Tuesday, August 10, 2021

Historical Implications of Jewish Surnames in the Old Kingdom of Romania


by Alexander Avram

Historical Implications of Jewish Surnames in the Old Kingdom of Romania represents an important contribution to the domains of onomastics and history. On the one hand, with scholarly rigor, the author analyzes Jewish Romanian–based and Romanianized surnames. On the other hand, the book is an exemplary study illustrating how onomastics can be used as a major tool to study the social history of a population group.” 

 Linguistic and semantic features in names—and surnames in particular—reveal evidence of historical phenomena, such as migrations, occupational structure, and acculturation. In this book, Alexander Avram assembles and analyzes a corpus of more than 28,000 surnames, including phonetic and graphic variants, used by Jews in Romanian-speaking lands from the sixteenth century until 1944, the end of World War II in Romania.

Mining published and unpublished sources, including Holocaust-period material in the Yad Vashem Archives and the Pages of Testimony collection, Avram makes the case that through a careful analysis of the surnames used by Jews in the Old Kingdom of Romania, we can better understand and corroborate different sociohistorical trends and even help resolve disputed historical and historiographical issues. Using onomastic methodology to substantiate and complement historical research, Avram examines the historical development of these surnames, their geographic patterns, and the ways in which they reflect Romanian Jews’ interactions with their surroundings. The resulting surnames dictionary brings to light a lesser-known chapter of Jewish onomastics. It documents and preserves local naming patterns and specific surnames, many of which disappeared in the Holocaust along with their bearers.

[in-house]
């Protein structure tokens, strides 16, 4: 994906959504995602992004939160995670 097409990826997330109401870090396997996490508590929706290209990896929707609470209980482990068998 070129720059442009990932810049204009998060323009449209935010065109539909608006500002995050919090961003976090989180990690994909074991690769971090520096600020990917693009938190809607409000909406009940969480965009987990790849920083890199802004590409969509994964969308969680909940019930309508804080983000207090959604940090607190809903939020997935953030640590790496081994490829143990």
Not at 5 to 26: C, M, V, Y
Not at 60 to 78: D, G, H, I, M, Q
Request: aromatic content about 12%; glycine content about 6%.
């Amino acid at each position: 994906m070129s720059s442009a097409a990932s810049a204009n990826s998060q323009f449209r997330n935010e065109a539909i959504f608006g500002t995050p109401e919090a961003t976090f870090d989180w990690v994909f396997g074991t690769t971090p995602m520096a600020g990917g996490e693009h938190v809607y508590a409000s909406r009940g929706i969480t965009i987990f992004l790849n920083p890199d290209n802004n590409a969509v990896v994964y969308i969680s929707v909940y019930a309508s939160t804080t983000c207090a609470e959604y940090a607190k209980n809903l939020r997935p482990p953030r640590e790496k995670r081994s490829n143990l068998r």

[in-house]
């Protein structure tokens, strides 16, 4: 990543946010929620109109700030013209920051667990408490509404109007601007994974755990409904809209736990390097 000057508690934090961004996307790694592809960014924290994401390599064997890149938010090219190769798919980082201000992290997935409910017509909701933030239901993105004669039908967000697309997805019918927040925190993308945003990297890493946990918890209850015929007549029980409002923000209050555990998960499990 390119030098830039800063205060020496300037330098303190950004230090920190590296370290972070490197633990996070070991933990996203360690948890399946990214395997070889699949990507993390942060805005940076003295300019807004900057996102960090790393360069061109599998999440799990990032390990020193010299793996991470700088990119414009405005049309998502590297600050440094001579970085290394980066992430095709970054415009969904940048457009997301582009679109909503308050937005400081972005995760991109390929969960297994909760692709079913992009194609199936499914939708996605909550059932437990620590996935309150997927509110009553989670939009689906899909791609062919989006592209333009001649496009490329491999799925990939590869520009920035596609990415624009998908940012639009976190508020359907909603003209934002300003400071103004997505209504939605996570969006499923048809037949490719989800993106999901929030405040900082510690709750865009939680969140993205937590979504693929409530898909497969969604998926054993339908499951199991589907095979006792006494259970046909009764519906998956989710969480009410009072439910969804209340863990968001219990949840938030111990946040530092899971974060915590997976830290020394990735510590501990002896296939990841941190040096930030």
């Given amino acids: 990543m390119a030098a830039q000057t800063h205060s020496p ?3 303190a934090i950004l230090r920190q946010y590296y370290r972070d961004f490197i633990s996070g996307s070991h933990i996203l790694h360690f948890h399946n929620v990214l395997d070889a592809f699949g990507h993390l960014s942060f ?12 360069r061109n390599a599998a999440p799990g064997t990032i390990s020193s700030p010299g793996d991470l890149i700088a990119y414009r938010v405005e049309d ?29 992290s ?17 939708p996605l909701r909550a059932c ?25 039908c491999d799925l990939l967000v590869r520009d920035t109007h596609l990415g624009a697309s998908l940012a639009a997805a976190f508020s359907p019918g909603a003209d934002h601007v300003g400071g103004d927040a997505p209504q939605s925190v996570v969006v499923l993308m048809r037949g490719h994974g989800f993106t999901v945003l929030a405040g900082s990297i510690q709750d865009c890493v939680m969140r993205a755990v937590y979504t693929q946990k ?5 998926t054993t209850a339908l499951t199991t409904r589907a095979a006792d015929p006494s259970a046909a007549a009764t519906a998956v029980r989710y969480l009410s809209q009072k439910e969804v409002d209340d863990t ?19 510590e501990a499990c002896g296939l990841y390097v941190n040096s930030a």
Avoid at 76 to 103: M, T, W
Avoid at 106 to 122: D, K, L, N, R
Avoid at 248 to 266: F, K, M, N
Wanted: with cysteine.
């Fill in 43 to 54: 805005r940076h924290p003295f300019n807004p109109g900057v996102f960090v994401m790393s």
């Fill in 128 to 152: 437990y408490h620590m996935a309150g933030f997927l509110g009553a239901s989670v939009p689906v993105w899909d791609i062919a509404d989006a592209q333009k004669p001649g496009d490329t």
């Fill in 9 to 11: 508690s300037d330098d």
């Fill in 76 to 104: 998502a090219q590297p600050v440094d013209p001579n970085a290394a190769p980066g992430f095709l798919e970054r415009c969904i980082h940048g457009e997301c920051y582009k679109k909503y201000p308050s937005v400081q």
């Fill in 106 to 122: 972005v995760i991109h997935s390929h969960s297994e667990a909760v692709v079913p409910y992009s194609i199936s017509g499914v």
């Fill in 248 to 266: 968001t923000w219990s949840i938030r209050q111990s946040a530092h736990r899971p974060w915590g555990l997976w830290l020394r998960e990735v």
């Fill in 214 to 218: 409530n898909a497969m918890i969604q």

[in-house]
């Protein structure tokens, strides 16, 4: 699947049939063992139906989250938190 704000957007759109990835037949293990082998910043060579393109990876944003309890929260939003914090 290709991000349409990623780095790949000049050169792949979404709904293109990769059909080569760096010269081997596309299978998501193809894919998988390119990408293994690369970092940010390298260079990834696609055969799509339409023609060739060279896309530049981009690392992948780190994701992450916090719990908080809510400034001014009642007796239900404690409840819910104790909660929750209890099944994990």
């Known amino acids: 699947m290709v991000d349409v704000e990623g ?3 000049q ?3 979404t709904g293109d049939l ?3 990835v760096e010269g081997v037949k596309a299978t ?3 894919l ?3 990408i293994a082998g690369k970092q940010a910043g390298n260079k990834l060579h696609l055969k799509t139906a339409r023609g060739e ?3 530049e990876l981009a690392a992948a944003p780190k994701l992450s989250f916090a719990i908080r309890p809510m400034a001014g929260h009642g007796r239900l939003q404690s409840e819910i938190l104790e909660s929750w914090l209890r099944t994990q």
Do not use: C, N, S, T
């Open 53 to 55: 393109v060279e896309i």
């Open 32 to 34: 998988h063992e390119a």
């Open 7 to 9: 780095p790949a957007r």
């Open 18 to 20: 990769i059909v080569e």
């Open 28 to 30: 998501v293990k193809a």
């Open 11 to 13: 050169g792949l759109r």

Historical Implications of Jewish Surnames in the Old Kingdom of Romania is the third volume in a series that includes Pleasant Are Their Names: Jewish Names in the Sephardi Diaspora and The Names of Yemenite Jewry: A Social and Cultural History, both of which are available from Penn State University Press. This installment will be especially welcomed by scholars working in Holocaust studies.

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